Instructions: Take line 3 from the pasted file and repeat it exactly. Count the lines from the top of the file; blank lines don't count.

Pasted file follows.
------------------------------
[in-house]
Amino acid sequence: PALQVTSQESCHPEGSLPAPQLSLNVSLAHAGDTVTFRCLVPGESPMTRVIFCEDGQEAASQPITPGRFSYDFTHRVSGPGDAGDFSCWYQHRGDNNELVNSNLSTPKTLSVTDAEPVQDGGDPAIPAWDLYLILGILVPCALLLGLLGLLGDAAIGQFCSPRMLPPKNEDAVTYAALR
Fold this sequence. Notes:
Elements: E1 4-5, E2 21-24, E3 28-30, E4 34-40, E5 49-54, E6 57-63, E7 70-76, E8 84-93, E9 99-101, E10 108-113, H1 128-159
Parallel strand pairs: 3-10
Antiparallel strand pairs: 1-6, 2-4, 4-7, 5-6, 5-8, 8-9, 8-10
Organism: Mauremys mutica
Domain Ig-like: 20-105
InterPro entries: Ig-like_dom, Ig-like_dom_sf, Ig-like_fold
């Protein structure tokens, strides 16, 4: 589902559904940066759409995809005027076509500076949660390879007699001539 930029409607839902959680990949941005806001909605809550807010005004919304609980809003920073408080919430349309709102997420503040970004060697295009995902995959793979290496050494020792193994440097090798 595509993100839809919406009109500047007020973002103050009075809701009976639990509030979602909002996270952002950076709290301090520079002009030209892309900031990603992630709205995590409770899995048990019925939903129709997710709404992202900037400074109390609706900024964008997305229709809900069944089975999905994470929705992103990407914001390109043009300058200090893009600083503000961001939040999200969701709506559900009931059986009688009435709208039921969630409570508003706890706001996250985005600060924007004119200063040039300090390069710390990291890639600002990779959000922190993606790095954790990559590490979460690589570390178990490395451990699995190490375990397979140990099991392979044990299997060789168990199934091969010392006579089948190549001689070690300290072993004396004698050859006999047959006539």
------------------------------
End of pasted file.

Fold this sequence. Notes: